NEWS

Triumph engines will be powering Moto2 from 2019!

British firm to supply engines for the Moto2 class from 2019.

New was leaked five months ago, but now it’s officially official; UK motorcycle manufacturer Triumph are going to be providing the engines for the Moto2 World Championship from 2019.

In a three year deal signed with Dorna – MotoGP’s commercial owners – Triumph will be supplying all teams with a race-tuned 765cc Street Triple engine, based on the new 2017 Street Triple.

“This is a significant moment for Triumph that brings an exciting new chapter to our 110-year racing history and builds on our celebrated TT and Supersports race winning triple engines.” – Paul Stroud, CCO Triumph Motorcycles

Triumph state that this is a ‘significantly developed’ version of the Daytona 675R powerplant used in BSB and the Isle of Man (amongst other places).

Here’s the list of official modifications:

  • Modified cylinder head with revised inlet and exhaust ports for optimised gas flow
  • Titanium valves and stiffer valve springs for increased rpm
  • Low Output race kit alternator for reduced inertia
  • Taller 1st gear ratio
  • Race developed slipper clutch which will be tuneable
  • Specific race ECU; which will be developed with Magneti Marelli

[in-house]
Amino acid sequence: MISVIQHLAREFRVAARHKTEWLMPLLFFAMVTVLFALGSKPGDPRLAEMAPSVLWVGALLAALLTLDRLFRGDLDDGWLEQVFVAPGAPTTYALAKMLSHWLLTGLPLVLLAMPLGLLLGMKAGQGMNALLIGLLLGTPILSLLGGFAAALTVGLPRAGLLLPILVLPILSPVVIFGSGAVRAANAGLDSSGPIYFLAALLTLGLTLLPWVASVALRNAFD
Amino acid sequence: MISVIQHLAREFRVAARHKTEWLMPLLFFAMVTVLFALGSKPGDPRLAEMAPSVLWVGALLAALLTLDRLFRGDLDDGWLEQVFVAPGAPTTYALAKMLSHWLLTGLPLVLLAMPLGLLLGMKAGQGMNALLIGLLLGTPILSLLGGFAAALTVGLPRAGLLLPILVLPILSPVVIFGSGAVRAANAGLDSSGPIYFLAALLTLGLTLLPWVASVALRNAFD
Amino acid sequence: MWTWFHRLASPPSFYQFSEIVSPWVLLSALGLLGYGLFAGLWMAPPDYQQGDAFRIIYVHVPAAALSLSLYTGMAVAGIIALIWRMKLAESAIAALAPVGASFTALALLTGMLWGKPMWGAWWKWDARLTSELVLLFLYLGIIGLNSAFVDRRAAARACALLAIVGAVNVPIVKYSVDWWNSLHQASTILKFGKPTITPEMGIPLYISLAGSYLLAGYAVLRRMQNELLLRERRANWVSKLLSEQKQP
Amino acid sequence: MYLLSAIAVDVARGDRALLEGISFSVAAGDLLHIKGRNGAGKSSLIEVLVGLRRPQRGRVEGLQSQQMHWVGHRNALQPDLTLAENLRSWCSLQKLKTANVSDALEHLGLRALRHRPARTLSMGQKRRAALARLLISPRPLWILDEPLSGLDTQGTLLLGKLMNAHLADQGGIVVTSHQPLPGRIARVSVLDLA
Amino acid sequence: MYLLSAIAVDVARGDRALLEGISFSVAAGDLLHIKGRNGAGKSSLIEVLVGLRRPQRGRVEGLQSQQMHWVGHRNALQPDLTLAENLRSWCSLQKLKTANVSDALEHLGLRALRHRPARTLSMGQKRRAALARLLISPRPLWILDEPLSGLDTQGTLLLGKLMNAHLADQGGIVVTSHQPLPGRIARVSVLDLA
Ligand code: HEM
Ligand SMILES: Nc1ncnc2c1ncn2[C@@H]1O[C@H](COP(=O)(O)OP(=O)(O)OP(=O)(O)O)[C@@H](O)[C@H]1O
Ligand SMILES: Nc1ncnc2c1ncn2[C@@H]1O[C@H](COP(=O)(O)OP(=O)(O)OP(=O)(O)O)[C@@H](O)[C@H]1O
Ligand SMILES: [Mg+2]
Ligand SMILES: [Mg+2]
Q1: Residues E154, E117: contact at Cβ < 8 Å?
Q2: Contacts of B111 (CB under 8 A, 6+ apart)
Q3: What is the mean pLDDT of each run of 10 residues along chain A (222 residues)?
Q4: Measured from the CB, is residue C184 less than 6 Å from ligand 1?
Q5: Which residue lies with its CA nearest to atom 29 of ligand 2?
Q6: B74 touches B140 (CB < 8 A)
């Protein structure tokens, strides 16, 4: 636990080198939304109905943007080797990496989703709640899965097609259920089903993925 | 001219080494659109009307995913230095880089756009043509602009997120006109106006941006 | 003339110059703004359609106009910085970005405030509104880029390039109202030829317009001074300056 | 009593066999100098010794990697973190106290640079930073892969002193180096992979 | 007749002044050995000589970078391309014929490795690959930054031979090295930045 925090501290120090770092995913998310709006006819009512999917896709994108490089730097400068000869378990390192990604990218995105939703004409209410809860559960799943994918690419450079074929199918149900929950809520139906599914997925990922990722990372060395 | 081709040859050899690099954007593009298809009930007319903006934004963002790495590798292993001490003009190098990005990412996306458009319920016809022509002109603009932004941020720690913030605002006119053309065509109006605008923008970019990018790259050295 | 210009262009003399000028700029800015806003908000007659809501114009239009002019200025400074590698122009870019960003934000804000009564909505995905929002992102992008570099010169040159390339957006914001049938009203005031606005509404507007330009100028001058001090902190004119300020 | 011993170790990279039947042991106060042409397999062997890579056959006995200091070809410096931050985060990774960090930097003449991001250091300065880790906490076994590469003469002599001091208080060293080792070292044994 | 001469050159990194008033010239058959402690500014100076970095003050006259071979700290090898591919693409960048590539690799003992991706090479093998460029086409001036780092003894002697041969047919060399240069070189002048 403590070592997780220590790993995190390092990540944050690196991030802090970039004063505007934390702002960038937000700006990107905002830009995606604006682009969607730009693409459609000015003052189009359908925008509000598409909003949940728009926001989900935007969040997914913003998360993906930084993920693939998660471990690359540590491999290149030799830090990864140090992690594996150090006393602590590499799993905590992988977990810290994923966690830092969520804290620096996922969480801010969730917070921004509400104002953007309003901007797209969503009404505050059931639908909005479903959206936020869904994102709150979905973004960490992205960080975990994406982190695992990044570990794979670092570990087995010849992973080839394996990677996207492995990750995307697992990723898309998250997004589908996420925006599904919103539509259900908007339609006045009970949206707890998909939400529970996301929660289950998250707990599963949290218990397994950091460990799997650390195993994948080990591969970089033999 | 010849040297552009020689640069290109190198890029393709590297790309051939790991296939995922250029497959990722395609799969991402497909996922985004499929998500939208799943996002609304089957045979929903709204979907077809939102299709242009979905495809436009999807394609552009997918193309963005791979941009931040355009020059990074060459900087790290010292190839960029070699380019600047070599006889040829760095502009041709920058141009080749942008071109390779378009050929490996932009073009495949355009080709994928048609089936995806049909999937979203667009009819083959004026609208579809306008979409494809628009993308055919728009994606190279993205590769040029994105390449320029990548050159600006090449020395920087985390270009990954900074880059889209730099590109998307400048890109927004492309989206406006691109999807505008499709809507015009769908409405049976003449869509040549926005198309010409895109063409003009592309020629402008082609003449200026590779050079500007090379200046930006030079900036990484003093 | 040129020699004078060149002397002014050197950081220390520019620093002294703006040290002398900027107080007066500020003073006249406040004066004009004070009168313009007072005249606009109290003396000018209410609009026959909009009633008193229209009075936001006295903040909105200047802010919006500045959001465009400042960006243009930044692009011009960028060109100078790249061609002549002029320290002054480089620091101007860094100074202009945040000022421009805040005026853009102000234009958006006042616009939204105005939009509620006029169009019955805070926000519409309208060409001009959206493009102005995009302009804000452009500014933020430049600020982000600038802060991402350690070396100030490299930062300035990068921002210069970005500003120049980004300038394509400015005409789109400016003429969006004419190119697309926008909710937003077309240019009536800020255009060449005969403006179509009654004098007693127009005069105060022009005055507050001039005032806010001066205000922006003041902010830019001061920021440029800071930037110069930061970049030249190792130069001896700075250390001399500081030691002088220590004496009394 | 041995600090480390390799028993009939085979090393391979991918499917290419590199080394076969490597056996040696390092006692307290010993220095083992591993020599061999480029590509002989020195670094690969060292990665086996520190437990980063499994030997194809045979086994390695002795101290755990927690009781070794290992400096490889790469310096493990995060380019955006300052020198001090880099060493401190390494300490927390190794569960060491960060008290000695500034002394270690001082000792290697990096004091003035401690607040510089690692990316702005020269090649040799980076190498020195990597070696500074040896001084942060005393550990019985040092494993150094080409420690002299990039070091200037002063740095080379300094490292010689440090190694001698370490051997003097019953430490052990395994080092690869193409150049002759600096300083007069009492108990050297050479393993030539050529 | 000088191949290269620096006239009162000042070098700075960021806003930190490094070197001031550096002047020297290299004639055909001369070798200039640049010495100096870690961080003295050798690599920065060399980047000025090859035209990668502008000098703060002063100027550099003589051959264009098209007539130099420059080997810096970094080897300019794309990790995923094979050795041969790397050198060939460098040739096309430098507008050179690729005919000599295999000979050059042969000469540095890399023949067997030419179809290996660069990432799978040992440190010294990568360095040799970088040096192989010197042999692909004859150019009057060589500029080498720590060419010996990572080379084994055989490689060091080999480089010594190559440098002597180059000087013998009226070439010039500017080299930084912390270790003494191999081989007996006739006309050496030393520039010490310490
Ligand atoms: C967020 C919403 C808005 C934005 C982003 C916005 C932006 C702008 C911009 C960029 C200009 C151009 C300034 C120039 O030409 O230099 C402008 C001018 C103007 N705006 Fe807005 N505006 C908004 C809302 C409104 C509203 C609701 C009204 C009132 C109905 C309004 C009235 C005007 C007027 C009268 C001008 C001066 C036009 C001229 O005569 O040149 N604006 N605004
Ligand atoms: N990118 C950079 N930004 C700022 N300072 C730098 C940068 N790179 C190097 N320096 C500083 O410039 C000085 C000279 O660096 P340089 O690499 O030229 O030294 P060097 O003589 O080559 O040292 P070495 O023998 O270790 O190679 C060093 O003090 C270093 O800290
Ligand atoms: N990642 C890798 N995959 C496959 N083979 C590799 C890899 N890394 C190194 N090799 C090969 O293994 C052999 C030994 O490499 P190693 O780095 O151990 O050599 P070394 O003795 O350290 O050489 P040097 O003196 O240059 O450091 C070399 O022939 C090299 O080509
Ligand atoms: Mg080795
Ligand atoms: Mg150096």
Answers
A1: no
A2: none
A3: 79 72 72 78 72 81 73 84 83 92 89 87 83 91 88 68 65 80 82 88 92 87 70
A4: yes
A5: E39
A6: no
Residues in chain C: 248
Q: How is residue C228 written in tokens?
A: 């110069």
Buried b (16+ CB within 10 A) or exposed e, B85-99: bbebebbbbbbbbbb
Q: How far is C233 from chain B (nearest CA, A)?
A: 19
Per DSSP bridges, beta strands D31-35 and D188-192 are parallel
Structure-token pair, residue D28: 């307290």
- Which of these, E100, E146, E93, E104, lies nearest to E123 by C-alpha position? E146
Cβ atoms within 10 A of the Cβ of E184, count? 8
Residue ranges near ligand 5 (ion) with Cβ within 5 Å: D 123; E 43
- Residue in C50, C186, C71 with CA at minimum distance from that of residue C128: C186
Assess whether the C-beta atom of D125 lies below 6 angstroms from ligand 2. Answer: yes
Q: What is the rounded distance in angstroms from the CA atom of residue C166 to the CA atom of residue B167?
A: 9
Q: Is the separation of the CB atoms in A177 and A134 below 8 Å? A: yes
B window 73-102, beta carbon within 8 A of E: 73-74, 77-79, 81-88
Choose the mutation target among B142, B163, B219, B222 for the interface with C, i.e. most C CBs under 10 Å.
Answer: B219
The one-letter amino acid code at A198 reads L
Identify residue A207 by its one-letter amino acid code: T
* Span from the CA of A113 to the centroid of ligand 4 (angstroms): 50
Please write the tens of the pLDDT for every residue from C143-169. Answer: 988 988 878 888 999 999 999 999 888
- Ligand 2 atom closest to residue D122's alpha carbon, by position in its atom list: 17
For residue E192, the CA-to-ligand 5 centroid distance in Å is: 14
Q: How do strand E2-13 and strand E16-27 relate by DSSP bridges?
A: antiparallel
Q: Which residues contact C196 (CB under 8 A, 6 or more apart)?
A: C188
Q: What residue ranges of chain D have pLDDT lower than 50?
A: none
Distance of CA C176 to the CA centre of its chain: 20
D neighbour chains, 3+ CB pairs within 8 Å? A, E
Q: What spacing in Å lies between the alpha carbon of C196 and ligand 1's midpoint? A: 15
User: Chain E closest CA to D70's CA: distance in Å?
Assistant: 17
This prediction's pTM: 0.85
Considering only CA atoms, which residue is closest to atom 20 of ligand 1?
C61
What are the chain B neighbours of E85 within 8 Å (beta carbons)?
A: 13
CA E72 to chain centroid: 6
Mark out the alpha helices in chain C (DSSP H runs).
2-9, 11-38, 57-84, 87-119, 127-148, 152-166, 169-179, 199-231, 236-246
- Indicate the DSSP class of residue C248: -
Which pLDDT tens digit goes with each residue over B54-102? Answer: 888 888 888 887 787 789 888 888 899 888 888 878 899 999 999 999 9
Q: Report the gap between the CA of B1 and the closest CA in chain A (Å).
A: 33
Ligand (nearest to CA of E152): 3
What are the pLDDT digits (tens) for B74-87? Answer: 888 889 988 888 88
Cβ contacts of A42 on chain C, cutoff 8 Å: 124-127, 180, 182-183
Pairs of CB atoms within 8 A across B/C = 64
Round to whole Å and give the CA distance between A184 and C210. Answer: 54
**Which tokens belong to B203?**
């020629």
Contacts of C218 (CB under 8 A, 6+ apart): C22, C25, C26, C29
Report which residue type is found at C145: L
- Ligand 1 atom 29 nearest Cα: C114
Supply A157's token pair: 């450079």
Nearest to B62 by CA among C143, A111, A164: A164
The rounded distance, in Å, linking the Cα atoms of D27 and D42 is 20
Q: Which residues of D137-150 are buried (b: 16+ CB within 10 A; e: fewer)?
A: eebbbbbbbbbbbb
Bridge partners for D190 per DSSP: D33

• Revised engine covers for reduced width
  • Different sump to allow for improved header run

Sounds good. (Who are we kidding?! We have no idea what any of this really means, but it sounds impressive).

Clothing

What it means in ‘real terms’ (and these are Triumph’s words) is that the race specification Triumph 765cc Moto2 engine has been developed further to allow the engine to breathe more freely and to rev harder than the production bike; increasing overall performance.

Plus, ‘other changes have been made specifically to adapt the engine for race use.’

Outside of the obvious kudos and respect we need to give Triumph for securing the deal – and for replacing Honda who seem to have given up on the ‘middleweight’ Supersport market entirely – the really interesting takeaway of this news for the rest of us, is the natural speculation that this could be the spark that ignites Triumph into redeveloping and reviving the Daytona 765R.

Despite sources close to Triumph constantly telling us that this is NEVER going to happen, it’s ok for us to keep the dream alive, isn’t it?

(Plus with another few years to wait, this means that we’ve got longer to lose that weight so that we can fit back into our leathers).

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